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Think globally, act locally – how councils can help reduce the impact of climate change

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LGC’s essential daily briefing.

Every now and then you get a jolt that puts everything into perspective. Today some of the world’s leading scientists provided a stark warning that there is just over a decade to avoid the worst effects of climate change.

Holding back the tides (quite literally, in some places) from extreme flooding, or dealing with deadly droughts, can feel like an insurmountable task when thinking on a worldwide scale. But the impacts of climate change on one side of the world can impact on immigration, security, health, food supplies, and the economy on the other.

As former UN secretary general Ban Ki-moon once said: “Global is local and local is global.”

Taking climate change seriously is not just the responsibility of every country, but every area within each country too.

In the same week LGC is officially unveiling its revamped searchable library of best practice case studies, here are some ideas about what councils have done to improve the environment in their areas while also cutting costs.

Reducing waste

One of the most obvious ways to help improve the environment is to reduce the amount of waste residents throw to landfill.

Among the more novel ideas to have emerged from local government in recent years is a mobile tip which plays an ice-cream van-style jingle during its rounds in Blackpool.

While it cost the council £45,000 to set up an 18-month pilot with a contractor, officers said it was “great value” as, within the first year of operation, the mobile tip collected 116 tonnes of waste, engaged with more than 6,000 people and collected more than 37,000 items.

Elsewhere, Warwickshire CC managed to increase the amount of food waste it collected by 71% by simply conducting a concerted campaign that used a number of startling facts and figures that made residents think a bit more before the put food in the bin. Doing so led to a saving of about 3,000 tonnes carbon dioxide and nearly £450,000 for the council’s coffers too.

Harnessing the power of the sun

With a population of about 60,000 people Forest Heath BC typifies the fact size should not stop smaller councils from thinking or acting big.

Following a £14.5m investment the borough is now the owner of the largest council-owned solar farm in the country.

The electricity it generates will be enough to power 3,000 homes, as well as cutting carbon dioxide emissions equivalent to 2,000 cars. In time the solar farm could provide energy to the council’s offices and leisure centres.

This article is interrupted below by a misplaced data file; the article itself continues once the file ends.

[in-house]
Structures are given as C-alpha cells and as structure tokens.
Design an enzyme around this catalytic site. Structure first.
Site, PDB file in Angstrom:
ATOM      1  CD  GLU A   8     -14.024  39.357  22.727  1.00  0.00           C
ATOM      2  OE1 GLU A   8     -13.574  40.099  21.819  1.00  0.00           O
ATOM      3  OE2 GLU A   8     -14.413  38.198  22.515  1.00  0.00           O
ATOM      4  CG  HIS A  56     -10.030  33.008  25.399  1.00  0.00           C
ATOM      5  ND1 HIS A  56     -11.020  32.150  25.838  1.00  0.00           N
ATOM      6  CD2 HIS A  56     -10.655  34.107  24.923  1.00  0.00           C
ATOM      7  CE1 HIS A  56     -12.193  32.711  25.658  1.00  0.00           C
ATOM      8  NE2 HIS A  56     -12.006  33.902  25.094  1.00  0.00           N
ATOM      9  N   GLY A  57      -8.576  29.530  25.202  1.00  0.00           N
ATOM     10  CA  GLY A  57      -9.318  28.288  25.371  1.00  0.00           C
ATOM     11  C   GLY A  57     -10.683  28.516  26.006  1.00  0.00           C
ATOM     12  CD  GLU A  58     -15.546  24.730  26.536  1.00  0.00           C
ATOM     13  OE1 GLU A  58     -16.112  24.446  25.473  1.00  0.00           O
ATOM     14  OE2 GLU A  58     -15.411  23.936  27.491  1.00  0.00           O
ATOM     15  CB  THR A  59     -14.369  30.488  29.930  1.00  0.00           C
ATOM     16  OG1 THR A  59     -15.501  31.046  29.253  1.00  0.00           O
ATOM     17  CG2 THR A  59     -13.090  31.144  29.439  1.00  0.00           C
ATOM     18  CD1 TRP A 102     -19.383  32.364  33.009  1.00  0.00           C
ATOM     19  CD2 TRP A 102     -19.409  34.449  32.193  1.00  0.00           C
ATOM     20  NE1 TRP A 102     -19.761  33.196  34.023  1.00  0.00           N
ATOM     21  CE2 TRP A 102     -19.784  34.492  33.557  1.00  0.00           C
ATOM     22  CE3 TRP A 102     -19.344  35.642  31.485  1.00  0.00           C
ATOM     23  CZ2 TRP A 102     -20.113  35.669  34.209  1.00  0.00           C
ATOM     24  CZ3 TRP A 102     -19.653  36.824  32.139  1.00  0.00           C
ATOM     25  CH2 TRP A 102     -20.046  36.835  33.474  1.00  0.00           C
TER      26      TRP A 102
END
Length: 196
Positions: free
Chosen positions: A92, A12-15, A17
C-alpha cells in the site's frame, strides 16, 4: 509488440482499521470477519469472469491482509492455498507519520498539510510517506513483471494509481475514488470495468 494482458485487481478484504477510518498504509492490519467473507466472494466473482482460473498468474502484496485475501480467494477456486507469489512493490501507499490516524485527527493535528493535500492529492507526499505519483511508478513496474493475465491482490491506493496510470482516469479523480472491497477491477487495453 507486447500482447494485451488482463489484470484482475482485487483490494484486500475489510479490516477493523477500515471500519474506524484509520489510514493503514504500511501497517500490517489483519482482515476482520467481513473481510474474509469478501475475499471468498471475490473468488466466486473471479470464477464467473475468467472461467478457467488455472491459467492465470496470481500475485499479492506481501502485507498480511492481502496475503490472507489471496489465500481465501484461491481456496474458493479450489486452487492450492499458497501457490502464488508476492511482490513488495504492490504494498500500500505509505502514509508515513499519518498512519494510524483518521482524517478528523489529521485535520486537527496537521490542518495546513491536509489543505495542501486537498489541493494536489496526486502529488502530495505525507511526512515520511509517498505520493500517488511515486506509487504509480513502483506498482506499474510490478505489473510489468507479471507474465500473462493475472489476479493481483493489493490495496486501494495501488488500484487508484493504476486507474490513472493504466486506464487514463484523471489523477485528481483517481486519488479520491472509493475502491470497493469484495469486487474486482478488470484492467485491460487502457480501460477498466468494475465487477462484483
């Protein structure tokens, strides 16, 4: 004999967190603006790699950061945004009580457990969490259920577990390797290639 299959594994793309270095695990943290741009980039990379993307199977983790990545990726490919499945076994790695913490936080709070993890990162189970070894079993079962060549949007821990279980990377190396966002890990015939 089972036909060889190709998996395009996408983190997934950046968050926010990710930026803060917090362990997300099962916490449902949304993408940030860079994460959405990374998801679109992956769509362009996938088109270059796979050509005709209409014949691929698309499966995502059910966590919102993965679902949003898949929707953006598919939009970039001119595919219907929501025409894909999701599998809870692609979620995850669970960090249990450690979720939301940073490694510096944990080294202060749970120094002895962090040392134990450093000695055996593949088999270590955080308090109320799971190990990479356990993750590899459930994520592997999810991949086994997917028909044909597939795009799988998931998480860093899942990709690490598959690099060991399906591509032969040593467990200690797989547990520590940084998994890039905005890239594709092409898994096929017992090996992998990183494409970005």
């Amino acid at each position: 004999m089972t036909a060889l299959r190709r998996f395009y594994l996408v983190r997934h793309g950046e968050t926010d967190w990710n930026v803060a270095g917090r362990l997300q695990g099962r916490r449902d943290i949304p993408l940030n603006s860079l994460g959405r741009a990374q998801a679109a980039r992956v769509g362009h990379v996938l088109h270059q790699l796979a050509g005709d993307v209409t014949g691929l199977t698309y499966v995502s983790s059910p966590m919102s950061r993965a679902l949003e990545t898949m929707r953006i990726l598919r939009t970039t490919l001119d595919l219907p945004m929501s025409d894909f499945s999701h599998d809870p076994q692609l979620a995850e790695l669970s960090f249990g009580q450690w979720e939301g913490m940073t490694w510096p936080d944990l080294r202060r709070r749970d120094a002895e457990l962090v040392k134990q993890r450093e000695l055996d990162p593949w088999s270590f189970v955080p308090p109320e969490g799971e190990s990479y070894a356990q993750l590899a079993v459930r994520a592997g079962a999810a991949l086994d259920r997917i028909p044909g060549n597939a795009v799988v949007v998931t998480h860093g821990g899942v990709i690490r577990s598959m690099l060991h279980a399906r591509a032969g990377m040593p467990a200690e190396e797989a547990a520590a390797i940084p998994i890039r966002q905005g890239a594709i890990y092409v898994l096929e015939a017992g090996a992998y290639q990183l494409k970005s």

Despite the large upfront investment, the council is already gaining an annual income of about £300,000 with a view to that rising to more than £700,000 in the next decade.

Swindon BC has also invested in solar power but funded it in an innovative way with the help of the public. Its bond raised £1.8m from the public, while Swindon BC invested £3m itself.

Sixty-five per cent of profits from the solar farm now go towards funding local community initiatives, with the remaining 35% are directed to the council.

Such was the success of the initiative that Swindon BC launched a second solar bond in November 2016 to finance another solar farm on a former landfill site.

As well as gaining a direct return on its investment (revenues are raised from selling the electricity generated), the council will earn an additional £1m in business rates and rent by 2020 through its ownership of these renewable energy-generating schemes.

Improving biodiversity

Commercial crops, such as tomatoes, oilseed rape, apples and strawberries, are worth between £430m and £690m a year to the UK’s economy. And yet both the crops are under threat due to a decline in the number of key pollinators such as bees, butterflies and moths. A variety of pressures, such as habitat loss and degradation, use of pesticides, climate change and pests and diseases are all placing pressures on pollinators.

However, Dorset CC has written, adopted and implemented a pollinator action plan which is intended to help increase biodiversity in the area while also saving money at the same time. For example, the county now saves around £93,000 a year by only cutting rural road verges when needed, allowing wildflowers and grasses to flower and set seed.

By David Paine, acting news editor

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